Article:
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Low interest rates a risk too

Pay attention to the financial obligations you’re assuming, says FCC’s head economist

Make good use of low interest rates, but don’t get carried away.

That’s the message from Farm Credit Canada’s chief economist, J.P. Gervais, in the wake of announcement from the Bank of Canada that the key overnight interest rate would be left at 0.5 per cent.

Bank of Canada Governor Stephen Poloz also said Canada is likely into a prolonged period of low interest rates, but warned Canadians to be cautious.

Farmers also need to heed that warning, Gervais says. In particular he says anyone contemplating expansion should proceed with caution, paying particular attention to the financial obligations the operation is taking on.

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“Make sure you can meet the financial obligation,” Gervais said. “Expansion might make sense for producers if they can meet the financial obligation. Pay attention to what’s going on.”

Poloz says low interest rates are likely to linger for now, and present a concern for people in or nearing retirement, businesses pondering expansion plans and governments looking to stimulate growth in the domestic economy, Poloz says.

At first glance, low interest rates should be welcome with a national farm debt in the $90-billion range, Gervais said in an interview.

“Low interest rates are better than high ones,” he said.

Still, farmers should be watching their expenses, he says. “It’s a good time to tighten your belt and find efficiencies in your operation. Raise your productivity.” Producers contemplating expansion or major equipment purchases need to be prudent.

Rising land prices are frustrating for farmers looking to expand, and buying the land outright may represent assuming a lot of risk for a farm, he says.

“There are more options for renting land and one of them might provide the operational size needed to be efficient and make the best use of existing equipment. Watch for opportunities.”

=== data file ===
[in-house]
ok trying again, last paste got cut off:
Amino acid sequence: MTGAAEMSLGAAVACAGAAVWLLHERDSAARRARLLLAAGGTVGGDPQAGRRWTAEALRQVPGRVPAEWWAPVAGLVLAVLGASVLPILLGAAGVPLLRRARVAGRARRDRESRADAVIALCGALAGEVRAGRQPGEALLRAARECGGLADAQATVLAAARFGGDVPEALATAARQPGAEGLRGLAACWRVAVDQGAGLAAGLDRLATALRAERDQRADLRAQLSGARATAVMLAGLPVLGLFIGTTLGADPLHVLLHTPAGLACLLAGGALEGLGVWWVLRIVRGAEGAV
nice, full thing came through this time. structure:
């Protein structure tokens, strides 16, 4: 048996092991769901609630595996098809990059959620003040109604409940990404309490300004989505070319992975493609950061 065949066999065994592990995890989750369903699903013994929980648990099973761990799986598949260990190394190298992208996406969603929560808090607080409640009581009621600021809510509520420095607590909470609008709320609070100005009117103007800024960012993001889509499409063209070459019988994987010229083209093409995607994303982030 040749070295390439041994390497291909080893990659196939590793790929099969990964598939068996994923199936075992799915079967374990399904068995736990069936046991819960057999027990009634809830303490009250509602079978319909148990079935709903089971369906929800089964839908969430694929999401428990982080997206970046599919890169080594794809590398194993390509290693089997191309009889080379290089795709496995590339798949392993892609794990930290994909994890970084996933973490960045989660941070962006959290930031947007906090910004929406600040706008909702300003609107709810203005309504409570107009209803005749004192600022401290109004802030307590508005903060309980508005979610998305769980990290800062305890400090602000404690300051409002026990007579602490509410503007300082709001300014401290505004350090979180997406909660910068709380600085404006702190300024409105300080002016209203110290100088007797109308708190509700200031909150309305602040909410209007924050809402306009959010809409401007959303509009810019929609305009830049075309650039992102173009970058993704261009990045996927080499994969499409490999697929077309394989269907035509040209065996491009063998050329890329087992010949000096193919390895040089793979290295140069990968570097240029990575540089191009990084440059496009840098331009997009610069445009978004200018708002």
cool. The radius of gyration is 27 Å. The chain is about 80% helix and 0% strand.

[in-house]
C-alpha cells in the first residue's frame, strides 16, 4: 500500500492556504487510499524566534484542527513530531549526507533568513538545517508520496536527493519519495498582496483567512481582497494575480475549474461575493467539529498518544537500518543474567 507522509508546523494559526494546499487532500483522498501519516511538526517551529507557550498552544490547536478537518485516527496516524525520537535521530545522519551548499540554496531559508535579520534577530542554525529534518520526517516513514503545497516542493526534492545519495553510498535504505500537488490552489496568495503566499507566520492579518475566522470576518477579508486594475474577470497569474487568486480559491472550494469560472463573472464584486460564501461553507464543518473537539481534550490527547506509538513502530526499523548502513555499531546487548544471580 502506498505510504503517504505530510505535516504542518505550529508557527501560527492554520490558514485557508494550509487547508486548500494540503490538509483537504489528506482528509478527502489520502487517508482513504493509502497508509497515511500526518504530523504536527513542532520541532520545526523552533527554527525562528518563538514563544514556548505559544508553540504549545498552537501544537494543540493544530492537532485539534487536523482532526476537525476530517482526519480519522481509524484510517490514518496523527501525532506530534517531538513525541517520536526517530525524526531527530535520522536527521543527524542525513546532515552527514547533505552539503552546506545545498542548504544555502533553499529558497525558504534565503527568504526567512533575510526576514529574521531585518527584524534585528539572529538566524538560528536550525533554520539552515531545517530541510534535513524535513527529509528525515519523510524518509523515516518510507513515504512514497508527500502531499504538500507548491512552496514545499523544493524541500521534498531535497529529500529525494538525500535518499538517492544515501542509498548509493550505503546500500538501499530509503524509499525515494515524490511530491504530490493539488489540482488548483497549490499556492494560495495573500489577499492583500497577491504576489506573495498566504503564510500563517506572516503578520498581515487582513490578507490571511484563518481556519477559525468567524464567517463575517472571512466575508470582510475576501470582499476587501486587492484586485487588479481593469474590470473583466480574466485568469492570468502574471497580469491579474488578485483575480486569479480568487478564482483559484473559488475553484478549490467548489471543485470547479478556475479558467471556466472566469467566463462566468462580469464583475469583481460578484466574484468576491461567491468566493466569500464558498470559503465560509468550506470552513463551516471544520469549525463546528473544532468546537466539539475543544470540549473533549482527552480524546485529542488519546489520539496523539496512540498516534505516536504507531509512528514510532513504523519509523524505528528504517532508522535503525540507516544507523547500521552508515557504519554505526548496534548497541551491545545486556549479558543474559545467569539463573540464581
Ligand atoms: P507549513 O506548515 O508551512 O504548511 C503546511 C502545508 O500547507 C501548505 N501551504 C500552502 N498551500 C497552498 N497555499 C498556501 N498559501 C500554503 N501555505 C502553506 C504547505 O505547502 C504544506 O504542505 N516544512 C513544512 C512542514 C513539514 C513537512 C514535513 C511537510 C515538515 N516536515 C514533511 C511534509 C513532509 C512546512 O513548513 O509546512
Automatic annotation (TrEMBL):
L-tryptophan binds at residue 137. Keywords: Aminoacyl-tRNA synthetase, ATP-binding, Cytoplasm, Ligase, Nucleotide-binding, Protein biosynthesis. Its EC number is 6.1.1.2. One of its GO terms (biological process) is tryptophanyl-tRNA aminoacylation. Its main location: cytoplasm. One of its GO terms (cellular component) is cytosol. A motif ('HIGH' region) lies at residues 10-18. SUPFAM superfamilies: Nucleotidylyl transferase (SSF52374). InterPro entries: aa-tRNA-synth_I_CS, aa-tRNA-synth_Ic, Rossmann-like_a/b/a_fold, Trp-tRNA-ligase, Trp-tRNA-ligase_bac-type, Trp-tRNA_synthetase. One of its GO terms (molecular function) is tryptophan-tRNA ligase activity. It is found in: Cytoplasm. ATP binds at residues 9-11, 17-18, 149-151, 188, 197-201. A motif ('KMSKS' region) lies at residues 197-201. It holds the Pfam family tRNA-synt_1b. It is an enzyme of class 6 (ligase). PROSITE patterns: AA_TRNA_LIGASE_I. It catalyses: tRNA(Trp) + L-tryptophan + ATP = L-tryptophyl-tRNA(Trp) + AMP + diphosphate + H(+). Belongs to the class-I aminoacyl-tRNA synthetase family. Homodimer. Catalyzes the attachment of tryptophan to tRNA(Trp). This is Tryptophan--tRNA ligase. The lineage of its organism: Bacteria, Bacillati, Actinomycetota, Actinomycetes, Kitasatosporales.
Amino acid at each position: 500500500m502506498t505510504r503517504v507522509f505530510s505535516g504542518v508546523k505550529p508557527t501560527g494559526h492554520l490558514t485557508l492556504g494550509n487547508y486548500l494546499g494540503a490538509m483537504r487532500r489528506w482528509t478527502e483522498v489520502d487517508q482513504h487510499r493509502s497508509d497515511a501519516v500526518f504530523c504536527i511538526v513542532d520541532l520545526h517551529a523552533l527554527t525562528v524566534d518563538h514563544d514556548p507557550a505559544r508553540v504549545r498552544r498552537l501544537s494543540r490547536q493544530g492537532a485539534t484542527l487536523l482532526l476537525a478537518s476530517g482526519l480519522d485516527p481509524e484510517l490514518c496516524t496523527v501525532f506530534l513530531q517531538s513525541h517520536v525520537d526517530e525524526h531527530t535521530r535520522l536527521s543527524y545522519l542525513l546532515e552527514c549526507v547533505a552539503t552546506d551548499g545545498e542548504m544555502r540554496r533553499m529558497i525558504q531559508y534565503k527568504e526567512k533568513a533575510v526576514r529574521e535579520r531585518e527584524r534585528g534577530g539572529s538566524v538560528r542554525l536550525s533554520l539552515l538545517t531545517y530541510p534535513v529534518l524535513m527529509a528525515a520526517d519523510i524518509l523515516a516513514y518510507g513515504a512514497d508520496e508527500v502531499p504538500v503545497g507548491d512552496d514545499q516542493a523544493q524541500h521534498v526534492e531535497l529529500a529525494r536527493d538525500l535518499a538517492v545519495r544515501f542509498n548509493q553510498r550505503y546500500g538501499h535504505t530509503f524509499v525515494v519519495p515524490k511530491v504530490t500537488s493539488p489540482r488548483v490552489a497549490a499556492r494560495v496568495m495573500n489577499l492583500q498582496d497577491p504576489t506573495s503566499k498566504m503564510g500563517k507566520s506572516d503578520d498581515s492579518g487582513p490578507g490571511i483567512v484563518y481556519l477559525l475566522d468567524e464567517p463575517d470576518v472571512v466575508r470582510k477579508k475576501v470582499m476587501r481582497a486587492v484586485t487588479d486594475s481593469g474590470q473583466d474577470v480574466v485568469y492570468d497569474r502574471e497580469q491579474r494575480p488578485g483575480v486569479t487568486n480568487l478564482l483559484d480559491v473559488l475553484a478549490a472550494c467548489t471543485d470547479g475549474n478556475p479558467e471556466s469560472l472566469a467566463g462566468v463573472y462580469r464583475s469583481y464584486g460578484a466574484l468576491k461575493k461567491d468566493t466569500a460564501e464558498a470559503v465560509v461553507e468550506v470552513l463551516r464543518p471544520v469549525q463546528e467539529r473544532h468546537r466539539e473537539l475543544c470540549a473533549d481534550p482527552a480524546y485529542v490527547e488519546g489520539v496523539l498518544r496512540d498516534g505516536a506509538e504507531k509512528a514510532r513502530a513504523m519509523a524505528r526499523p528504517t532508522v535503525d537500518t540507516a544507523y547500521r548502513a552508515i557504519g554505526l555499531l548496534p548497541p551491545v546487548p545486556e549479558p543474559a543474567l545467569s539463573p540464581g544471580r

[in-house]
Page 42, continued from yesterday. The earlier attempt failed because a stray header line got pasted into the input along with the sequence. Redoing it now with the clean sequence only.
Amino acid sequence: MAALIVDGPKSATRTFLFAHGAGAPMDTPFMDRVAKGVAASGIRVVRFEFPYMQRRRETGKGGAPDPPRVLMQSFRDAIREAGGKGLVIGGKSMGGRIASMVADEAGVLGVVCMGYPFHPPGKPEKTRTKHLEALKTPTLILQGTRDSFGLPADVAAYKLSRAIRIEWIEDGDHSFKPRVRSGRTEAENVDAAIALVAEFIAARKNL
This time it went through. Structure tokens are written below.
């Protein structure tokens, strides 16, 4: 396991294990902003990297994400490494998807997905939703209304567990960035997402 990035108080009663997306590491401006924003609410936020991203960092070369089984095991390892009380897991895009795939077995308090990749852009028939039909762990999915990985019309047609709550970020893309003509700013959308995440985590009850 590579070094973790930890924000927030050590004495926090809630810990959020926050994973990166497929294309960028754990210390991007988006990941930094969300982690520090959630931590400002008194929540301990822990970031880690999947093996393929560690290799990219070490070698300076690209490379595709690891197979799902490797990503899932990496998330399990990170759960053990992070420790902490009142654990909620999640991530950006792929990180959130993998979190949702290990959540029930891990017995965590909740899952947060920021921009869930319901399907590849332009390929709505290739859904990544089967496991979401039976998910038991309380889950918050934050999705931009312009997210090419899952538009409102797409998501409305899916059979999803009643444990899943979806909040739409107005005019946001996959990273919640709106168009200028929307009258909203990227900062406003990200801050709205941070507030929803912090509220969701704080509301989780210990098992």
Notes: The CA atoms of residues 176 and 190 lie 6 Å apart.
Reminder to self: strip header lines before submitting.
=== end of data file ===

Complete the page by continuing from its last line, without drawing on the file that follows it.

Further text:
In recent years, farm incomes have risen faster than debt, he notes. Last year was the first time in a while that debt climbed faster.

Farmers should consider applying a shock test to their expansion plans, just as the federal government has instituted for new home buyers to make sure they can withstand a sudden rise in interest rates or drop in income.

“Producers have a duty to protect themselves,” Gervais notes. FCC applies that kind of analysis to any farm loans it makes.

For now farm income prospects still appear healthy, even if crop and livestock prices are soft, he adds. There is sufficient growth prospects that agriculture should be able to ride out the slow economy that has created the low interest rates.

Poloz says low interest rates are the result of several factors, particularly aging workforces. Lower-for-longer interest rates have made it more difficult for Canadians to finance their retirement through savings. People are “rightly worried about their ability to live off their savings,” he said. “I certainly can sympathize and understand these concerns.” Longer life expectancy is compounding the challenge because people need to finance a longer retirement period.

Businesses need to reduce expectations about future investment returns, he added. Some businesses aren’t taking into account the low-interest-rate environment when deciding if an investment will be worthwhile.

If companies are waiting for returns near the levels that prevailed before the crisis, “they are unlikely to invest any time soon, and we will not see the kind of growth, productivity and job creation we are looking for. And neither will the companies.”

There is much governments can do to help offset the impact of an aging population on interest rates, Poloz noted. That includes ensuring that policies in areas such as tax and immigration aren’t obstacles to business growth, and that young companies can access financing.

Authorities must also explore every avenue that would boost the economy’s potential growth rate, he says, pointing to investments in productivity-enhancing infrastructure and agreements to liberalize trade, both inside and outside Canada, as steps that could make an important difference over the medium term.

“We need to take every decimal point of potential growth more seriously than we have in the past,” he states. “In a lower-for-longer world, these are opportunities we simply cannot afford to miss.”

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